Analysis of the order
- There is no specific observation in the order of the CIC regarding whether it has accepted the view of the applicant that this application was covered in the life and liberty clause. The CIC ought to have given a specific observation on this aspect.
- The view of the CIC that it will not be appropriate to hold that the Appellant was prevented from pursuing higher education in her choice of college due to the delay in providing the information to her under the RTI Act appears grossly incorrect. If there are two avenues available to a citizen, it is up to the candidate to choose either of the routes and hence, castigating a citizen to choose one option is bereft of logic. If the applicant was aware of another option, is it implied that he uses that option and not any other?
- The CIC has ruled that it the PIO or the CBSE cannot be castigated for the loss of opportunity to seek re-valuation. The CIC has acknowledged that the applicant lost the opportunity to seek revaluation of answer sheets and but did not find anyone, responsible for it. The CIC seems to imply that no one, other than the applicant, is responsible for his situation. So much for a citizen reposing faith in the RTI Act to seek for his life and career.
- Issuing a show cause notice to the PIO by the CIC to explain the delay was a step in the right direction.
- By marking a copy of the order to the Chairman, CBSE and Secretary, Ministry of Education for consideration, the CIC has taken the next step for ensuring transparency. It would have been better to send it giving a specific reference of a provision of the RTI Act. It could have been under Section 25 (5) which empowers the CIC to give a specific recommendation if it appears that the practice of a public authority in relation to the exercise of its functions under this Act does not conform with the provisions or spirit of this Act, it may give to the authority a recommendation specifying the steps which ought in its opinion to be taken for promoting such conformity. Further, the Section 19 (8) (a) vest the CIC the power to require the public authority to take any such steps as may be necessary to secure compliance with the provisions of this Act.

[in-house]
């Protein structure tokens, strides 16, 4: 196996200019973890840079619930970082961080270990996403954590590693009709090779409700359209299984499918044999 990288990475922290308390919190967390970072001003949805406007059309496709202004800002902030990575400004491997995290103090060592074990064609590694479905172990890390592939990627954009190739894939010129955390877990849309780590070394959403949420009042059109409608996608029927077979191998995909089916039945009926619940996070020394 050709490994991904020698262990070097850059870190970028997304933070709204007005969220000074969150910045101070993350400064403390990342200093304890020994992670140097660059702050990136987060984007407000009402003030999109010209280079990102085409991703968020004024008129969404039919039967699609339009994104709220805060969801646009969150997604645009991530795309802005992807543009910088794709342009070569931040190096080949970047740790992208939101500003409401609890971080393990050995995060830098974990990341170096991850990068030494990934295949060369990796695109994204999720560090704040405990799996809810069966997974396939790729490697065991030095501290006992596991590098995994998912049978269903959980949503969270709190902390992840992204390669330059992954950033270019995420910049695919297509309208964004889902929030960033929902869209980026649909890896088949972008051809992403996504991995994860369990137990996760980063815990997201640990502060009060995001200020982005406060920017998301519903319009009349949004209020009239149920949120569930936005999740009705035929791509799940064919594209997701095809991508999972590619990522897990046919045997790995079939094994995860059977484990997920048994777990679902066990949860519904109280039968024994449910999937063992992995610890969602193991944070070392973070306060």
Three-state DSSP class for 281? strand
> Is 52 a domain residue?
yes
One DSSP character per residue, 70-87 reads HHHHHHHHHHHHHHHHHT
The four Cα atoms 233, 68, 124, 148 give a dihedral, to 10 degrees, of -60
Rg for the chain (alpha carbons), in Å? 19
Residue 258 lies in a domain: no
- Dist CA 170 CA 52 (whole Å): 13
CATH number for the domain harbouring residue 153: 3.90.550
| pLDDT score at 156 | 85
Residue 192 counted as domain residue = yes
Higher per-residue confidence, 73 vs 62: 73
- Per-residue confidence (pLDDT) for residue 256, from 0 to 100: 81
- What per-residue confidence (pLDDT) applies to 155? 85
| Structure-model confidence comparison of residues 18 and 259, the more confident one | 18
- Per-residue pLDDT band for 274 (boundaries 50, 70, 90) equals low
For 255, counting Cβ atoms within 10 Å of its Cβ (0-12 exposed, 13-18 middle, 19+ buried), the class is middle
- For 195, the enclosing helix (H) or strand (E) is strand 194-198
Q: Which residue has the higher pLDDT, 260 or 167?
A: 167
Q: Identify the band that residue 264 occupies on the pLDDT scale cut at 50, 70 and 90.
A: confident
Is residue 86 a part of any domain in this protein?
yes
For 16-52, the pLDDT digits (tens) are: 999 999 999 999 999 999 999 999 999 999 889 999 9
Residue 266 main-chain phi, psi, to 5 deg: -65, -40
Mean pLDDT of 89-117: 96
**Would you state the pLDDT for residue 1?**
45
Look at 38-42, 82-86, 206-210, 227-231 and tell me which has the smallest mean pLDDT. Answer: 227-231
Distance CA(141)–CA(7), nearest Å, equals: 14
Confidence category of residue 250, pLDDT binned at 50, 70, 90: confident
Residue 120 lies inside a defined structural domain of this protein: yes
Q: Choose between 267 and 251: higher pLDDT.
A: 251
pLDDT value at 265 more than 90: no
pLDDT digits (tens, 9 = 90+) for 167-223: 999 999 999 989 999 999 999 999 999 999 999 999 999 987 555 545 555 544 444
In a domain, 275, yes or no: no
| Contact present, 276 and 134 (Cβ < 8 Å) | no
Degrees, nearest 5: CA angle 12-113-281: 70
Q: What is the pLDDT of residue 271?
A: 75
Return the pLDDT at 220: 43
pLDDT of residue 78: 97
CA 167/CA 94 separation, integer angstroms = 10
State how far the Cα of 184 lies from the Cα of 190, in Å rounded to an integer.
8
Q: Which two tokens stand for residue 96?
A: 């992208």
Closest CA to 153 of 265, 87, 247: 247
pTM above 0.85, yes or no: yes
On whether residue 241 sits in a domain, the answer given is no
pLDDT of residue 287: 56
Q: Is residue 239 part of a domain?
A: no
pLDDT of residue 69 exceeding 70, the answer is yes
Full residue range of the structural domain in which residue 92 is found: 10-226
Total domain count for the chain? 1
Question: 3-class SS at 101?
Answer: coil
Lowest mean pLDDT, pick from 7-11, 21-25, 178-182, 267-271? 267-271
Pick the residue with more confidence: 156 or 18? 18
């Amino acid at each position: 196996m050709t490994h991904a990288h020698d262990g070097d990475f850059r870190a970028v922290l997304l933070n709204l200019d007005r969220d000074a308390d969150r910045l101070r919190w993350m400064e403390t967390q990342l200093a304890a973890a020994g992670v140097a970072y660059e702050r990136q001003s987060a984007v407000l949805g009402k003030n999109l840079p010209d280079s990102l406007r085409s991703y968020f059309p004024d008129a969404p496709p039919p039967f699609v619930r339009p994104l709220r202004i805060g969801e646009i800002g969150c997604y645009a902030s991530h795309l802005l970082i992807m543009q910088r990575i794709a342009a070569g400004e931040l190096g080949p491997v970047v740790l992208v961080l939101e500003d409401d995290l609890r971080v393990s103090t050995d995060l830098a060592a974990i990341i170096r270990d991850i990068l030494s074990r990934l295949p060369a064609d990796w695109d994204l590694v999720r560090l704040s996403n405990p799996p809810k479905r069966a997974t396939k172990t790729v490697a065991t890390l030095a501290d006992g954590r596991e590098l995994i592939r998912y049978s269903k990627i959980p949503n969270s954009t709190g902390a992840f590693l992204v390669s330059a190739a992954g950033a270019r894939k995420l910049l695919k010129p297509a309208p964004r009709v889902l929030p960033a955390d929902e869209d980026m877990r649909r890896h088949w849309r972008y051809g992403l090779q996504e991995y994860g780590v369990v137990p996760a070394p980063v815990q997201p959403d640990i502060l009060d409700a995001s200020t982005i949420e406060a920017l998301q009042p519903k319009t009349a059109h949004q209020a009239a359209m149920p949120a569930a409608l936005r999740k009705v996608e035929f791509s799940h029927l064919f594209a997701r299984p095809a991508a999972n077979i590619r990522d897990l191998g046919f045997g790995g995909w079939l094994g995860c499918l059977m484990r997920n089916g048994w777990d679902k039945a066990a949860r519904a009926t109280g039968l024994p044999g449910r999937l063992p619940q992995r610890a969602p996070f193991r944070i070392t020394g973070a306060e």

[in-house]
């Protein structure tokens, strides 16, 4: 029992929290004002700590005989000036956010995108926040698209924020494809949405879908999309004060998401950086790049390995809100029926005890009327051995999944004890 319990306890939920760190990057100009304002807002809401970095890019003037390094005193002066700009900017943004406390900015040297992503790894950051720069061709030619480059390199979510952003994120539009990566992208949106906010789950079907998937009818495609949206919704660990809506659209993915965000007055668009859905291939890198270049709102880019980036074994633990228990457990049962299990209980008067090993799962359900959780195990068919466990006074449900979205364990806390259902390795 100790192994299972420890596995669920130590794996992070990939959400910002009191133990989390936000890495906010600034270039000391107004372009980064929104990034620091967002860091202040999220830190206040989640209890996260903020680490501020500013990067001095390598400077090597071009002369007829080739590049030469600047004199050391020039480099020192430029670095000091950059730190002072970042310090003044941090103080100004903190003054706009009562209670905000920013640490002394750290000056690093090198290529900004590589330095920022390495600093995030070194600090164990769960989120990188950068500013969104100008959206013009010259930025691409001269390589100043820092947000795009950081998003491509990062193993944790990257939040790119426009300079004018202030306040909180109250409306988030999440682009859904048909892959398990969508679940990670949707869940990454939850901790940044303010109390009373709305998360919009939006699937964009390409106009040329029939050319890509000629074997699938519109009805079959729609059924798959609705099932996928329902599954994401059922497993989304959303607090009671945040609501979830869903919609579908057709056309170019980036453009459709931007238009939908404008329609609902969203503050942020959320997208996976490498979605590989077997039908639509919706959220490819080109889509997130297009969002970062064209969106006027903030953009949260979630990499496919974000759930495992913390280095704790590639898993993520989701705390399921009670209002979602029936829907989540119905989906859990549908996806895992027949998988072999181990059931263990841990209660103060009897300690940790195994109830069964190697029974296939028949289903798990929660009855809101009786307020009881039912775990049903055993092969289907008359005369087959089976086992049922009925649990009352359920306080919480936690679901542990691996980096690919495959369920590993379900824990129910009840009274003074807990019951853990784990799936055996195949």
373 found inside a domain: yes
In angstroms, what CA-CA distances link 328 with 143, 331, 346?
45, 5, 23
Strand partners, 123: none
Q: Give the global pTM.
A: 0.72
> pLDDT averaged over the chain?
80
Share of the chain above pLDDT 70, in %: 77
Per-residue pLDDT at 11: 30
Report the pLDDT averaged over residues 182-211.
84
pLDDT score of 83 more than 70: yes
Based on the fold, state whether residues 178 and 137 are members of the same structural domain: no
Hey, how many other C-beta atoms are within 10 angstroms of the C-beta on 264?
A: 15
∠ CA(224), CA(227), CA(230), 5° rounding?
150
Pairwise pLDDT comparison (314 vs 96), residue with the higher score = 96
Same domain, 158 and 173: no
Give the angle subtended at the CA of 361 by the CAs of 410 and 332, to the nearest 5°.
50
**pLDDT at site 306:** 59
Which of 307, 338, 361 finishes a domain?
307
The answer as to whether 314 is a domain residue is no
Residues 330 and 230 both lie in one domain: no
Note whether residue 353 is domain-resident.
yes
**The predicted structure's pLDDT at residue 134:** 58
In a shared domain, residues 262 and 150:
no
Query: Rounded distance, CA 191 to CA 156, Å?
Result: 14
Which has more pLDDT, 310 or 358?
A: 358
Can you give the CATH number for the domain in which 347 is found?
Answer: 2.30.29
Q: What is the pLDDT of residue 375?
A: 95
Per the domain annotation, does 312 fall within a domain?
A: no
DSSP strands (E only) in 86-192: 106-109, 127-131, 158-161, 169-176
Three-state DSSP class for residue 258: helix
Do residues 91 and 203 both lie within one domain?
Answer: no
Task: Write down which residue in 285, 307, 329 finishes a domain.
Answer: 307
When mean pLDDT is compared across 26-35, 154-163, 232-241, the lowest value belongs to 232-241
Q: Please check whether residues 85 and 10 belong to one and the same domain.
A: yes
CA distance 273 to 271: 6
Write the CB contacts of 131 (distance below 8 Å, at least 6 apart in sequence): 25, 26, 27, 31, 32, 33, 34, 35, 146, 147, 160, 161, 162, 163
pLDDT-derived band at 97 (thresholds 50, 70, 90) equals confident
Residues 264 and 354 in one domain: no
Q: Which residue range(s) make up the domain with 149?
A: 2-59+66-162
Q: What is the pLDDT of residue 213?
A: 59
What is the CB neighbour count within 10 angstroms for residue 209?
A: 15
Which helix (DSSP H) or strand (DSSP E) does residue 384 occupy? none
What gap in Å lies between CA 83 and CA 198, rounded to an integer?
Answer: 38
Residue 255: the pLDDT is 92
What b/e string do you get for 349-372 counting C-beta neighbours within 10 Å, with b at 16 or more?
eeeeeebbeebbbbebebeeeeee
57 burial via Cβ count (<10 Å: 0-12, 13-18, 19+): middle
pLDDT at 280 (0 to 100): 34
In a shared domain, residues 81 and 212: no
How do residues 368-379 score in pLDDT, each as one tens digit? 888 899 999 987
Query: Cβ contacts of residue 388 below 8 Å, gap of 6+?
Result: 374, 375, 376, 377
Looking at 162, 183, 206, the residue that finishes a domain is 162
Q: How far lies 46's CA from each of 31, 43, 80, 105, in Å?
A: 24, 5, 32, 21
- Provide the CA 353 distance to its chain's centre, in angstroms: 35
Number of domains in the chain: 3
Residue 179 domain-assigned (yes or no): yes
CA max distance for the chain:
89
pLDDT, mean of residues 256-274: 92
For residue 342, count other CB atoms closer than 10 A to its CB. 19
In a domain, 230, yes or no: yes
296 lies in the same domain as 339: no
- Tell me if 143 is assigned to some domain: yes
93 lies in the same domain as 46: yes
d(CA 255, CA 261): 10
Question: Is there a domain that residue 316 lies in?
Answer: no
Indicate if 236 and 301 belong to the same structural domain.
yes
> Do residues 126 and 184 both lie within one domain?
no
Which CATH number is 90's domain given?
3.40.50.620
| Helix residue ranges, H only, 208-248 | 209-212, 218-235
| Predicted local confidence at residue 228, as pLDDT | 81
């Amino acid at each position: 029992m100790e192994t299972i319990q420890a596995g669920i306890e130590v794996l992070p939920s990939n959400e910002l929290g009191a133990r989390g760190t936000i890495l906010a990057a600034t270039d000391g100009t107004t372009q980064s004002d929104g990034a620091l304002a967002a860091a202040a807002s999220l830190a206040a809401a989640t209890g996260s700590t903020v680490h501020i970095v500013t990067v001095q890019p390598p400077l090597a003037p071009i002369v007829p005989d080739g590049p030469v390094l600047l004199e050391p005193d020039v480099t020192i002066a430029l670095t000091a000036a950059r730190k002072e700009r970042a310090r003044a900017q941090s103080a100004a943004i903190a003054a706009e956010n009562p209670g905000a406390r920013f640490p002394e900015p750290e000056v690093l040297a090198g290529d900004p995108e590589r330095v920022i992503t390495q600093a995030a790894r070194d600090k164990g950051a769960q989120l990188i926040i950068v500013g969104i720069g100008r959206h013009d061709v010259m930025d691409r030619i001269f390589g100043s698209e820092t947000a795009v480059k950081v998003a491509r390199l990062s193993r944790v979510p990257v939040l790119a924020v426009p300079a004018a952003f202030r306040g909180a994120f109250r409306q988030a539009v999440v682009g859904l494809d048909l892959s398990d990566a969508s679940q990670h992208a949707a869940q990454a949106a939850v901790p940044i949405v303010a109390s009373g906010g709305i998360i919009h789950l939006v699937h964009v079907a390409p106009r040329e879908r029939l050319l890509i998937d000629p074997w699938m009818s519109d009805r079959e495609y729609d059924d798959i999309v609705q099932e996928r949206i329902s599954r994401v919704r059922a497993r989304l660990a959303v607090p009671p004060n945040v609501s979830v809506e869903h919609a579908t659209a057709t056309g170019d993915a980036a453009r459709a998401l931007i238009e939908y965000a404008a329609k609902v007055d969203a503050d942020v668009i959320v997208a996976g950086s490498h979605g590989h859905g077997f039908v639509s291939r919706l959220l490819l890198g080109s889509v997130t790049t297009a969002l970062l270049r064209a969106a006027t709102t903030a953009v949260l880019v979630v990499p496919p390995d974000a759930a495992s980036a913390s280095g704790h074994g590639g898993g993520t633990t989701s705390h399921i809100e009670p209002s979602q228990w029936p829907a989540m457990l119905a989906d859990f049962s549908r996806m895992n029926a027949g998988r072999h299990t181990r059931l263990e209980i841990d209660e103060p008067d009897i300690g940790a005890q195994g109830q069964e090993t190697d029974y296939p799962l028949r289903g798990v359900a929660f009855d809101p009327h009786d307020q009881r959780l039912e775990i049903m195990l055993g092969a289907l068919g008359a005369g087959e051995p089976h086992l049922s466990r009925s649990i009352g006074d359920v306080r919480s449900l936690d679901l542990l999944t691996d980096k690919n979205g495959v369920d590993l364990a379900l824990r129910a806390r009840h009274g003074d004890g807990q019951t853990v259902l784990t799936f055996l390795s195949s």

- A reference may be made to the case of Institute of Companies Secretaries of India v. Paras Jain (Civil Appeal No. 5665/2014, Date of judgment 11 April, 2019). The ICSI insisted that the copies of the answer sheet can only be sought as per the procedure prescribed by it. The Supreme Court directed that a candidate is free to apply for certified copies under the RTI Act, 2005 or as per the procedure laid down by the Institute. When an application is made under the RTI Act, the fee has to be charged as per the RTI rules and not as per the Institute guidelines. The SC held that the existence of two avenues is not mutually exclusive and it is up to the candidate to choose either of the routes.
- In this case, by virtue of keeping a very short window of 3-5 days for re-valuation, the CBSE is deliberately making the applicants seek the copy of answer sheet by paying a higher fee of Rs. 500/- per answer sheet (when compared to fee to be paid using RTI Act).
- It does not appear to be a revenue generation step by CBSE but is rather a measure to dissuade examinees from seeking copies of their answer sheets. The CBSE is known for its progressive policies and scientific approach and it is not understood why they have resorted to restrictive policy vis-à-vis providing copy of answer sheet. Is the CBSE afraid of anything? The CBSE should be open to scrutiny and should consider providing the copy of answer sheets suo-moto to all the students after the checking is over. What is holding them from doing so?
- In this case, an application was filed on 17.05.2019 and almost 2 years later, one is still discussing the trivialities while the practice of CBSE continues to stifle lakhs of students. For how many more years should the practice be allowed to continue?
For the case of Institute of Companies Secretaries of India v. Paras Jain, please refer to the link - http://rtifoundationofindia.com/files/infobeans-cms-next/upload/19.pdf